Labour & European Law Review Weekly Issue 388 24 September 2014
The conciliation service Acas has recently published a new guide on managing bereavement in the workplace.
It is estimated that one in ten people is directly affected by bereavement and research has found that a third of employees who had suffered bereavement in the past five years felt that they had not been treated with compassion by their employer. According to Acas, nearly nine out ten people believed all employers should have a compassionate employment policy that included paid bereavement leave.
The good practice guide advises employers to:
- Have a clear policy in which managers, HR teams and selected staff are trained so that they can have compassionate conversations with bereaved colleagues
- Ensure that trade unions are involved in developing the policy
- Offer part-time hours or flexible working to support and retain the employee and minimise sick days as they negotiate new or increased caring responsibilities
- Begin a dialogue with the employee, asking how they would like to stay in contact but without pressurising them into making decisions at that point
- Ask how much information they want their co-workers to have about the death and remember that this information is private under data protection legislation
- Ask if the employee wishes to be contacted by colleagues
- Be conscious of diversity within the workforce and the impact this may have on, for example, days taken to allow the employee to fulfil religious or cultural expectations such as mourning rituals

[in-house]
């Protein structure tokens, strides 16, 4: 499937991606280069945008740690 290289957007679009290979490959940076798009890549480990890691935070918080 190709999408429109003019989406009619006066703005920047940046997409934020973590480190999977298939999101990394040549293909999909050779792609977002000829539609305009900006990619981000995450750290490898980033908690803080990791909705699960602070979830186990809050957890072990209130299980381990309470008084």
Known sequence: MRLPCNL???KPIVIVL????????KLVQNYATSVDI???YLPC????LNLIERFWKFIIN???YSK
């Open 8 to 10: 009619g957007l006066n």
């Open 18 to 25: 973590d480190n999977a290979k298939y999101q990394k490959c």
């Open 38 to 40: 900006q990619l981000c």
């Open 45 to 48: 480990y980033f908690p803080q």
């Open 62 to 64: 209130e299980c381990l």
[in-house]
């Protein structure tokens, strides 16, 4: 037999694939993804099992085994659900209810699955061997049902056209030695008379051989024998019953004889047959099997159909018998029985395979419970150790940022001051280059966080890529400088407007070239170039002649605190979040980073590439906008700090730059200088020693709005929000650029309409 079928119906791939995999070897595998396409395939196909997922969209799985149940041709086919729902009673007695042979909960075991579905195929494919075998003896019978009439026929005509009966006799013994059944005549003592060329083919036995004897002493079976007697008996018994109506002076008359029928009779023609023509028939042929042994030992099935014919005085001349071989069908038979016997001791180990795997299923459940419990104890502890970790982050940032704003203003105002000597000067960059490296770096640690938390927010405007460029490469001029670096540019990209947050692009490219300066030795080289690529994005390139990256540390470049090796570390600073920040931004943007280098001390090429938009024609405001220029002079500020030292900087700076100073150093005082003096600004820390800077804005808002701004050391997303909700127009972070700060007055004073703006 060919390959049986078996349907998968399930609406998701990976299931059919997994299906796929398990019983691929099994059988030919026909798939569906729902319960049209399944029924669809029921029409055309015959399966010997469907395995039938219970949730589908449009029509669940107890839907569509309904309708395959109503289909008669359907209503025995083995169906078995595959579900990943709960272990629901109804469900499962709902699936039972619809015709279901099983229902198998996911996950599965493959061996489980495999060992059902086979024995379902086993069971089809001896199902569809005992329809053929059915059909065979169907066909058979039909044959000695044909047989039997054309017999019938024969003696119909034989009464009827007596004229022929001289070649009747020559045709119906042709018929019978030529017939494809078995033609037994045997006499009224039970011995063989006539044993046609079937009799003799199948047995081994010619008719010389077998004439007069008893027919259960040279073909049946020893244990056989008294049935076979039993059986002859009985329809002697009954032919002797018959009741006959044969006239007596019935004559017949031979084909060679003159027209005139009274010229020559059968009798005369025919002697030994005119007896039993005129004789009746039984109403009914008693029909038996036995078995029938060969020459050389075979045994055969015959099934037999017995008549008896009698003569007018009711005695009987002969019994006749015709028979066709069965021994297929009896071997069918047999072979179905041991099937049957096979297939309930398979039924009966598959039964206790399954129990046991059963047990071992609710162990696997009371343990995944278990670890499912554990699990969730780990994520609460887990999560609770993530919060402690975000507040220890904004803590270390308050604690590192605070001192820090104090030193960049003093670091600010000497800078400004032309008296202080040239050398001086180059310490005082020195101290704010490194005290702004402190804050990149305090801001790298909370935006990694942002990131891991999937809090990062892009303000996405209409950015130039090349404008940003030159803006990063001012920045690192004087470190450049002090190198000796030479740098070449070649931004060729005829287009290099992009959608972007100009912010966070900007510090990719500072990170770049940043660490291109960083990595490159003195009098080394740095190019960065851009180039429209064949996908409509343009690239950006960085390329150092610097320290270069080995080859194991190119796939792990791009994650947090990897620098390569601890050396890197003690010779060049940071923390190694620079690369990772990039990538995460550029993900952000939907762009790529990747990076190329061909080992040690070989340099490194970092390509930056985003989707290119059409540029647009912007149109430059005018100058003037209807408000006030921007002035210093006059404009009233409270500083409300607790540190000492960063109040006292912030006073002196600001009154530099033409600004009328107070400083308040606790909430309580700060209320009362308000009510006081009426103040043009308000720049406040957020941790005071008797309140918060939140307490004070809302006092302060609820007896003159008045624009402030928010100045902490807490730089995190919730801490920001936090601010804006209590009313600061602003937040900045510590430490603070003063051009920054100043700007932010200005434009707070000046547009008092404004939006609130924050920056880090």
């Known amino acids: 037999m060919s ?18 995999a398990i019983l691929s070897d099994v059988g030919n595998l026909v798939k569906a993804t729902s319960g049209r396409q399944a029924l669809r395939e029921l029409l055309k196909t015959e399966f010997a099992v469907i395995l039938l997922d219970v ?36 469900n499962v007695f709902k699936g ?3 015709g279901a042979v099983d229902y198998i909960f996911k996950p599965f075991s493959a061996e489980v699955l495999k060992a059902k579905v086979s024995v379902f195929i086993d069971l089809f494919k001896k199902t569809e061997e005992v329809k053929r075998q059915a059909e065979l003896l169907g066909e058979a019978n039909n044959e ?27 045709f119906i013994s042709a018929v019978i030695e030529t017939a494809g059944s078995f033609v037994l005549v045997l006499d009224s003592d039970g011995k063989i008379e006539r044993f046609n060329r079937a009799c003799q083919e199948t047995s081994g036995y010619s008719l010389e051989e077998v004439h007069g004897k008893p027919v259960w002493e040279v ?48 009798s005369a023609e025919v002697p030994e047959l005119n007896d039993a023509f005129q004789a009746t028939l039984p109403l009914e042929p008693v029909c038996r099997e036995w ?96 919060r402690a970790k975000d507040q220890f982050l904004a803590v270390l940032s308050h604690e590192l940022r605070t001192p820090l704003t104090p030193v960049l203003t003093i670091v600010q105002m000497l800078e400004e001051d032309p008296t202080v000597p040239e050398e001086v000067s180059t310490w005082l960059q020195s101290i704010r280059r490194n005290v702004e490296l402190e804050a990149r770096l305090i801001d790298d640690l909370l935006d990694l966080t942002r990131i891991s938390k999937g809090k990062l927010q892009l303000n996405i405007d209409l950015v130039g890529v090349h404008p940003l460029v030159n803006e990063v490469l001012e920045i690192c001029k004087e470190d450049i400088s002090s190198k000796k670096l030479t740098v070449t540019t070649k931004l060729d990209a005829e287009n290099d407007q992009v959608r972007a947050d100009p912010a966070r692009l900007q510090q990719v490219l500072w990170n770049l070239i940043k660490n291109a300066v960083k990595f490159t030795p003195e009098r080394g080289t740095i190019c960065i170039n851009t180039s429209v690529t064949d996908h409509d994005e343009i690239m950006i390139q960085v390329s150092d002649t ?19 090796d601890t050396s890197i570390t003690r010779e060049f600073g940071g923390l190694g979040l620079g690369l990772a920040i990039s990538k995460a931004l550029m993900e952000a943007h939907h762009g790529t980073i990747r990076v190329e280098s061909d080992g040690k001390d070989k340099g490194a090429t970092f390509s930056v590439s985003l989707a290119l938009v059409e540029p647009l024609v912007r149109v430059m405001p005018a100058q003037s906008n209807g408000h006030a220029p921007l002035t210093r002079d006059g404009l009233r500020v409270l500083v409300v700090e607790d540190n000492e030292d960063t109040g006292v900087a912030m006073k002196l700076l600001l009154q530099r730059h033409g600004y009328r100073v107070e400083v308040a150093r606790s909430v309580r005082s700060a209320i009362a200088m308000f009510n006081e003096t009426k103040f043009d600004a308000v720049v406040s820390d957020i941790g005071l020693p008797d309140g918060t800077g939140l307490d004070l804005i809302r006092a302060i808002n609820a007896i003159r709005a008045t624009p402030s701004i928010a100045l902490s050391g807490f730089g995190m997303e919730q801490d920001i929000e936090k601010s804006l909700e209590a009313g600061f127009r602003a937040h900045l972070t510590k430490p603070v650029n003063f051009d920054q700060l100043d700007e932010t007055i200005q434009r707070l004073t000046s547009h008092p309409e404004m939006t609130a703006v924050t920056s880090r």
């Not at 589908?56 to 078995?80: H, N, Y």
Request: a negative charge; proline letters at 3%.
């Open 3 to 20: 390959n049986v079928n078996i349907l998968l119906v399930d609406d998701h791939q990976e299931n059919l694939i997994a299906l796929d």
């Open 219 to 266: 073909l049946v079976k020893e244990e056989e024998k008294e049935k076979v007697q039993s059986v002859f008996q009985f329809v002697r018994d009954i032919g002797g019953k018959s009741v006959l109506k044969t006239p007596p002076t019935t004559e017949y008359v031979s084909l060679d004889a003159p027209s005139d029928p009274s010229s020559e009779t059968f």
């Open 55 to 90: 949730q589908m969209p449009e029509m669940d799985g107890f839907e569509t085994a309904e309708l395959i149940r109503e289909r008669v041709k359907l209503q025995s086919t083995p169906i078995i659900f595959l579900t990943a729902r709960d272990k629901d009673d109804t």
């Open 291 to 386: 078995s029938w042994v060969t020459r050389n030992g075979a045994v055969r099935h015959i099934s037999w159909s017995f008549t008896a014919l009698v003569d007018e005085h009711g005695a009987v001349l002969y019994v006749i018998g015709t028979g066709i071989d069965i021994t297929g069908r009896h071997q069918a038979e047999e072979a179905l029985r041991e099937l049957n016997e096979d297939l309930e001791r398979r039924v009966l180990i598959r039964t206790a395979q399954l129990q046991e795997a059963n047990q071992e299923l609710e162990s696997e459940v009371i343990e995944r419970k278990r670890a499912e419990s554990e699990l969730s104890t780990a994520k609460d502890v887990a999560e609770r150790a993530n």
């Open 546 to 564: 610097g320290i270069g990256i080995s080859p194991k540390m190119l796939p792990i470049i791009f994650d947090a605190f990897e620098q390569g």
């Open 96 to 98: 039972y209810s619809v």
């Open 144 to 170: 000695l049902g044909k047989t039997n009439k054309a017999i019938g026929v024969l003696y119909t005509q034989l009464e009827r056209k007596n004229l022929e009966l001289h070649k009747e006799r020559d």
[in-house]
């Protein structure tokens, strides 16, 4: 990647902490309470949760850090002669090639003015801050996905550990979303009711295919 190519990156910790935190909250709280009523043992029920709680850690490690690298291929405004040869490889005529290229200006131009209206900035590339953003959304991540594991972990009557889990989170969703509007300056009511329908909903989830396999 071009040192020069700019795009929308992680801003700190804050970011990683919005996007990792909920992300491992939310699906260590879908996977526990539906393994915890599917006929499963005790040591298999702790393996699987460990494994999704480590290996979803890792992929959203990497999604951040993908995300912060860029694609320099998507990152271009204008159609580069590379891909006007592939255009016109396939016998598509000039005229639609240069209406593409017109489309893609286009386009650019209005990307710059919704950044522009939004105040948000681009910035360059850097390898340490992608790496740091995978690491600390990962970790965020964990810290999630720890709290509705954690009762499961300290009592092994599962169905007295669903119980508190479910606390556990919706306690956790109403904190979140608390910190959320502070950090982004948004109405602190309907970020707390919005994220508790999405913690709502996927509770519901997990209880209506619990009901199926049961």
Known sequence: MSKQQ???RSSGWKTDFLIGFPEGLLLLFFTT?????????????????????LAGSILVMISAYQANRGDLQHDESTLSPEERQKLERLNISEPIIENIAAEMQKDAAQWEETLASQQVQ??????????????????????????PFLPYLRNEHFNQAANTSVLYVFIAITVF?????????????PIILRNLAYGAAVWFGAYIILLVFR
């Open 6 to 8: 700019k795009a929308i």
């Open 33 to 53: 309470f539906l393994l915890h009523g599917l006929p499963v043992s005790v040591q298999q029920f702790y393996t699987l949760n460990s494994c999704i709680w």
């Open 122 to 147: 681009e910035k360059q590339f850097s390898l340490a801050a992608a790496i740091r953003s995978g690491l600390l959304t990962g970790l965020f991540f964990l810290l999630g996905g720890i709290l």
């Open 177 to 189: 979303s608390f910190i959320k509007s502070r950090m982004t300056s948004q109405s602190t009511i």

- Be open to revising and reviewing the situation with the employee.
Currently the law gives employees the right to “reasonable” time off work (which is not further defined) to deal with an emergency, which could include a bereavement involving a dependant. Employers do not have to pay an employee for this time away from work but many employers offer paid special or compassionate leave as part of their contract. Employers also have a duty of care to employees generally and should take into account the effect bereavement might have on the employee in undertaking their duties.
Neil Todd at Thompsons Solicitors, said: “The new guidance from Acas is to be welcomed. The work it has done shows the vast majority of people believe employers should provide paid bereavement leave and serious thought should now be given to introducing legislation to give effect to that.”
To read the guide in full, go to: http://www.acas.org.uk/media/pdf/0/m/Managing-bereavement-in-the-workplace-a-good-practice-guide.pdf